Say that a Banach space $X$ has property $K$ (for Kummers) provided every subspace of $X$ that is isomorphic to $X$ is complemented. The classical separable, infinite dimensional spaces that have property $K$ include $\ell_2$, $c_0$, and $\ell_2 \oplus c_0$; the first obviously, the second because $c_0$ is separably injective, and the last is not hard to show. It is known that $\ell_p$ for $1\le p \not= 2 < \infty$ does not have property $K$, and it is not hard to show that other possible examples, such as $\ell_2(c_0)$ and $c_0(\ell_2)$, fail property $K$. Ultrapowers of $\ell_2$ of course have property $K$. I don't know about ultrapowers of $c_0$. Are they all injective (which clearly implies property $K$)? Probably not, but I did not try to check the literature.
However, every (complex) HI space [Gowers-Maurey] is not isomorphic to any proper subspace and hence has property $K$. Some real HI spaces have the same property. Now there are HI spaces that contain uniformly complemented copies of $\ell_1^n$ for all $n$. Probably the original Gowers-Maurey space has this property, but, as Thomas Schlumprecht pointed out to me, it is clear that the HI space $AD$ of Argyros-Delyiani does, and $AD$ has property $K$. Since $\ell_1$ is a dual space, there is an ultrapower $Y$ of $AD$ that contains complemented copies of $\ell_1$ and hence $Y$ is isomorphic to $Y \oplus \ell_1$. But $\ell_1$ contains an uncomplemented copy of $\ell_1$ [Bourgain] and hence $Y$ contains an uncomplemented copy of itself.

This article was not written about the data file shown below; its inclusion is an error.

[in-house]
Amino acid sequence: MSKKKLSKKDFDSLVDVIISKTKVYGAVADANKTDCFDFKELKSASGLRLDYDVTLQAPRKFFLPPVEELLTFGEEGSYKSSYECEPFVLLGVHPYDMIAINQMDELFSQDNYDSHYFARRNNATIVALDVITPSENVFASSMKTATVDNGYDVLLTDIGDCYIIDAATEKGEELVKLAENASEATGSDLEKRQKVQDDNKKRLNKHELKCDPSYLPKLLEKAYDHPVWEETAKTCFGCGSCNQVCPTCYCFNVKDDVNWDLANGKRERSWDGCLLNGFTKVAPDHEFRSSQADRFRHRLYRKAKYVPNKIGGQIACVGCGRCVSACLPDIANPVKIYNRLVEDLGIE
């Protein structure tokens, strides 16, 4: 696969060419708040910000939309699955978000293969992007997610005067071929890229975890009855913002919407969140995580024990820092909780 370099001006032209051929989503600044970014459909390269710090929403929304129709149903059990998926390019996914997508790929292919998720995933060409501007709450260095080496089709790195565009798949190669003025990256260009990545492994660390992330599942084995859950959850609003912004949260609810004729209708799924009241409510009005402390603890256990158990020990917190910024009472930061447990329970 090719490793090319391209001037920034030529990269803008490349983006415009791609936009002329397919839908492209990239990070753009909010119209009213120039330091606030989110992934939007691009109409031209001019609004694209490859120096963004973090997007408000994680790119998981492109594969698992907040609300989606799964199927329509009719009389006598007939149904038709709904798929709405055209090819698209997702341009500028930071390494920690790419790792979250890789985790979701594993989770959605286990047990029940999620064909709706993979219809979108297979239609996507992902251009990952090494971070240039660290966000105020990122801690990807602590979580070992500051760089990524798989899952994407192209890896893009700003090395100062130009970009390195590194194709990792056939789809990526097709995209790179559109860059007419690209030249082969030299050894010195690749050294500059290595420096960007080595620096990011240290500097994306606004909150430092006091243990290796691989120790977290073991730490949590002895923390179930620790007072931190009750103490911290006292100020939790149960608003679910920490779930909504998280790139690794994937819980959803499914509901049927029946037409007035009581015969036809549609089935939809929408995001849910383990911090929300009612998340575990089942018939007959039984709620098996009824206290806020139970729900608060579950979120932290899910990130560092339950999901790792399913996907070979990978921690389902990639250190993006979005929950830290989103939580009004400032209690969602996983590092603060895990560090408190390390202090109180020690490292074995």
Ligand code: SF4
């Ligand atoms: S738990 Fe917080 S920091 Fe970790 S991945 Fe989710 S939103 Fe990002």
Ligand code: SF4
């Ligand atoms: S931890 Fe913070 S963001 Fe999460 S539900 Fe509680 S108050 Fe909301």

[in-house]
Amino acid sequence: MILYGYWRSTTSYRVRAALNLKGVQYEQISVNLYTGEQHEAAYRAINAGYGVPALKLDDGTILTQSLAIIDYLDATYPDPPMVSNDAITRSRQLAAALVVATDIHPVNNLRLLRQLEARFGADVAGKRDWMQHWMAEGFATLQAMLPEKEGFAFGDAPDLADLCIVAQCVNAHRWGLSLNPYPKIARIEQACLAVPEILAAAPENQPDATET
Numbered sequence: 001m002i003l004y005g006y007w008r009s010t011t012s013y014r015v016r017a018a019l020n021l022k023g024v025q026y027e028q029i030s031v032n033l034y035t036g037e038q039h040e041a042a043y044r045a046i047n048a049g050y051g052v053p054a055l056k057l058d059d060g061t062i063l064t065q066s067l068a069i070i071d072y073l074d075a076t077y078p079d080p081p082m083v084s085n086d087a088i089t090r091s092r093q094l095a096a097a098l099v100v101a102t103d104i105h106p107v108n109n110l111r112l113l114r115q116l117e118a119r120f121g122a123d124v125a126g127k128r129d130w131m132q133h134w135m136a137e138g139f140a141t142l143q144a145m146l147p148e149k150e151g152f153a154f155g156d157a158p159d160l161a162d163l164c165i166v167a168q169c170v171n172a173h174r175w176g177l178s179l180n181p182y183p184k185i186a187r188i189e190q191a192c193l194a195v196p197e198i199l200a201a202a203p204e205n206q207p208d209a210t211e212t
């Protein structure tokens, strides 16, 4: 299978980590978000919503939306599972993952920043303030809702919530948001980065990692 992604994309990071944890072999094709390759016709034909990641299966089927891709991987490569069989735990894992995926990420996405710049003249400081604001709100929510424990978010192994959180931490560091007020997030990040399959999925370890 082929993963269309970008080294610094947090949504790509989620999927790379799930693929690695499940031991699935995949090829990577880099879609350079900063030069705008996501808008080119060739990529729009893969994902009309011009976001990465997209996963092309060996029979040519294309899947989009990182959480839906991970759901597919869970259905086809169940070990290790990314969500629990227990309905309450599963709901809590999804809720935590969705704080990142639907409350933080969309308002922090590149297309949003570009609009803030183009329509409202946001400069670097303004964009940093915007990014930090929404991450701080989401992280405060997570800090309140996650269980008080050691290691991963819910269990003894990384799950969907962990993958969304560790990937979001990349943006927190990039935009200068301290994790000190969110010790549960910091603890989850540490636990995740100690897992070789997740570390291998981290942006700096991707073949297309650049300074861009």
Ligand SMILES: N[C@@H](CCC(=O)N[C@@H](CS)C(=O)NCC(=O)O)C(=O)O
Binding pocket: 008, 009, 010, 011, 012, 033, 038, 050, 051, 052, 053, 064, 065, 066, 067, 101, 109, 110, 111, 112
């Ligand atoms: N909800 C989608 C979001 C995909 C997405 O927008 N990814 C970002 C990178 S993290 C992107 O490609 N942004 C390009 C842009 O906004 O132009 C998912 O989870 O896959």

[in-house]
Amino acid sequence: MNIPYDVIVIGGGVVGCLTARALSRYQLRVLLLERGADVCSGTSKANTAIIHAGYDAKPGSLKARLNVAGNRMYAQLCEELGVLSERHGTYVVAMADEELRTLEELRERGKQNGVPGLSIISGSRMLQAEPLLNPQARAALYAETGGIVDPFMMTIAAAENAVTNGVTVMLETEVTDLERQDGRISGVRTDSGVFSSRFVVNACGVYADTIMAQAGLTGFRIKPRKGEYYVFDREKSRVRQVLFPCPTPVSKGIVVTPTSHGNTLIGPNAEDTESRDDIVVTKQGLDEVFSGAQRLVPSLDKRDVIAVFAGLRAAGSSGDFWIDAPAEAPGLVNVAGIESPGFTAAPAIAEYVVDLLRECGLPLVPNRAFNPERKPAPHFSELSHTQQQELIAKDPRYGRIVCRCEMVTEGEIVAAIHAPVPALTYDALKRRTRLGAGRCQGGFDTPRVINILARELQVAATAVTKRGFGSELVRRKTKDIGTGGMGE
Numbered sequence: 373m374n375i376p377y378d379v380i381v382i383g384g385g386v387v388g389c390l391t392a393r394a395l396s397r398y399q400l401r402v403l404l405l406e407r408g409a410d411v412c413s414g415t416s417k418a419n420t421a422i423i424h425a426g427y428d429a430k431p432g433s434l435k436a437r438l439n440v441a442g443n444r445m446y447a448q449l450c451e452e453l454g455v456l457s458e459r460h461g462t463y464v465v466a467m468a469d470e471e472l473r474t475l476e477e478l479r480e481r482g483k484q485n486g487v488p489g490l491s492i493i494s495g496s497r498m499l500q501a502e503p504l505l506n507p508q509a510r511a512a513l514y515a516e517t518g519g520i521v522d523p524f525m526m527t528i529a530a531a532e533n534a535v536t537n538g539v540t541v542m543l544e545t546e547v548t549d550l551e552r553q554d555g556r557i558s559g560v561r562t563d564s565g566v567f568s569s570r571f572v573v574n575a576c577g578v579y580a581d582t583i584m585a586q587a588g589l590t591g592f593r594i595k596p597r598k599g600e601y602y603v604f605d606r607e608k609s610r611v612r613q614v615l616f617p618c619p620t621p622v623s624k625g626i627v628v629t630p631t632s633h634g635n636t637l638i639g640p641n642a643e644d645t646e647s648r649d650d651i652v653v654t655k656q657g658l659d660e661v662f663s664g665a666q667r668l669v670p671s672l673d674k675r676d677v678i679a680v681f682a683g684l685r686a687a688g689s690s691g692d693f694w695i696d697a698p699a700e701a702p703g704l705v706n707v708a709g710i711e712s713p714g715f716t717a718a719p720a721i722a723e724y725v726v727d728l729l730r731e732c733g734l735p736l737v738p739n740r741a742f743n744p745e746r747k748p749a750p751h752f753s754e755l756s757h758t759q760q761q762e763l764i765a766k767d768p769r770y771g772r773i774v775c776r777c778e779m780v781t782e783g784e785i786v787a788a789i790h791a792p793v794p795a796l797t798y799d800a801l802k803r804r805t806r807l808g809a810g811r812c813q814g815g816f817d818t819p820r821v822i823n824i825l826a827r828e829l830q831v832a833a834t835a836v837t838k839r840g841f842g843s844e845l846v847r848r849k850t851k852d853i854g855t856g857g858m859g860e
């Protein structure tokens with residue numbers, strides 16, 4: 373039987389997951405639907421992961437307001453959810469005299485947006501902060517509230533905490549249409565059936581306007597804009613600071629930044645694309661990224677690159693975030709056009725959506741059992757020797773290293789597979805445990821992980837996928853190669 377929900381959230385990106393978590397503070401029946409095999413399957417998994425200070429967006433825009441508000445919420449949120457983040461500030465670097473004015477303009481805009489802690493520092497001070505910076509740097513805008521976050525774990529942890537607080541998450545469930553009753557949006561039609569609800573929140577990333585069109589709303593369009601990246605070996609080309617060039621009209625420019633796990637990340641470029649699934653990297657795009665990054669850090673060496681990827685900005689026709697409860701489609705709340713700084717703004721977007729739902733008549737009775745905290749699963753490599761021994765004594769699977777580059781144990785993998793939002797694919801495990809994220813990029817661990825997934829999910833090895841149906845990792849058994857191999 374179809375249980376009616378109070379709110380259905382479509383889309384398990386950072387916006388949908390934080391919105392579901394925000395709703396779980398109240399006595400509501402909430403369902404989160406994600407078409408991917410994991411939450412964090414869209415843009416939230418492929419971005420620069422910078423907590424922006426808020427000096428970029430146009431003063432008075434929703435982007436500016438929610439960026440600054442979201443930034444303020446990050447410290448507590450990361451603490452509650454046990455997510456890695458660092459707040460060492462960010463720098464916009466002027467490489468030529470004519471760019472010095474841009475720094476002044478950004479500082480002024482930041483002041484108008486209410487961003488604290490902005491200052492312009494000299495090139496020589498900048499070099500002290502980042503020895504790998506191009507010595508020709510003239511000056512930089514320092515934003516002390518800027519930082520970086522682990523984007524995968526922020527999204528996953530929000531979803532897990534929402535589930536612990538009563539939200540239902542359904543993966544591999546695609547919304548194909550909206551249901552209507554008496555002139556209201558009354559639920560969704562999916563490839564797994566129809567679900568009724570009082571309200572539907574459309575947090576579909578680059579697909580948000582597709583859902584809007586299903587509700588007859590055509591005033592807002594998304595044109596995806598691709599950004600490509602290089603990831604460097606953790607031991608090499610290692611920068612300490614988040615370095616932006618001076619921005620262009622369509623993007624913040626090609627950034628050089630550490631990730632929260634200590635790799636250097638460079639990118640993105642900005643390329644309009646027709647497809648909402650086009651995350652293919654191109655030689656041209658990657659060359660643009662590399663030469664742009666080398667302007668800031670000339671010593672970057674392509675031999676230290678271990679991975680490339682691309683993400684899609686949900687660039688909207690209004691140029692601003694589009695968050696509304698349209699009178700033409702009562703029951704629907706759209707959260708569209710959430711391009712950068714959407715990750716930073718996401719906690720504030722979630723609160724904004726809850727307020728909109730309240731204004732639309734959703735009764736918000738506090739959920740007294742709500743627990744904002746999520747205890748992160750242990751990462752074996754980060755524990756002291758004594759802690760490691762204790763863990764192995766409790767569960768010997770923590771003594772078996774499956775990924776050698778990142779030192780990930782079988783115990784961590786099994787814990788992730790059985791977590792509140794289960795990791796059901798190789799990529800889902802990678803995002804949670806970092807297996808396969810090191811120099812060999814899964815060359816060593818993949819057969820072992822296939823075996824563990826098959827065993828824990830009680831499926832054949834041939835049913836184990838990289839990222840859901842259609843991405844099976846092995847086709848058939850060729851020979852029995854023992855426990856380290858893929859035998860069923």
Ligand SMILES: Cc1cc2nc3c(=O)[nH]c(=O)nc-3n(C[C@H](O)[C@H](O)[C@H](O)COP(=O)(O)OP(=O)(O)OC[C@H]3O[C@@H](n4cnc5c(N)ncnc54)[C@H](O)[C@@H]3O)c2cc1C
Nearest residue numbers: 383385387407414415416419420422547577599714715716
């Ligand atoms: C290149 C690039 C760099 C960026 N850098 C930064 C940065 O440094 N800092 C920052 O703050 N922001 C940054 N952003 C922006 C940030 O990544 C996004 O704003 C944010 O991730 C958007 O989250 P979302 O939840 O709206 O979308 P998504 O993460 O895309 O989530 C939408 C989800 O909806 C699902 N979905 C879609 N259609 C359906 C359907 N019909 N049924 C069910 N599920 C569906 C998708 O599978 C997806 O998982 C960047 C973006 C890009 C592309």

Therefore property $K$ is not preserved under ultrapowers.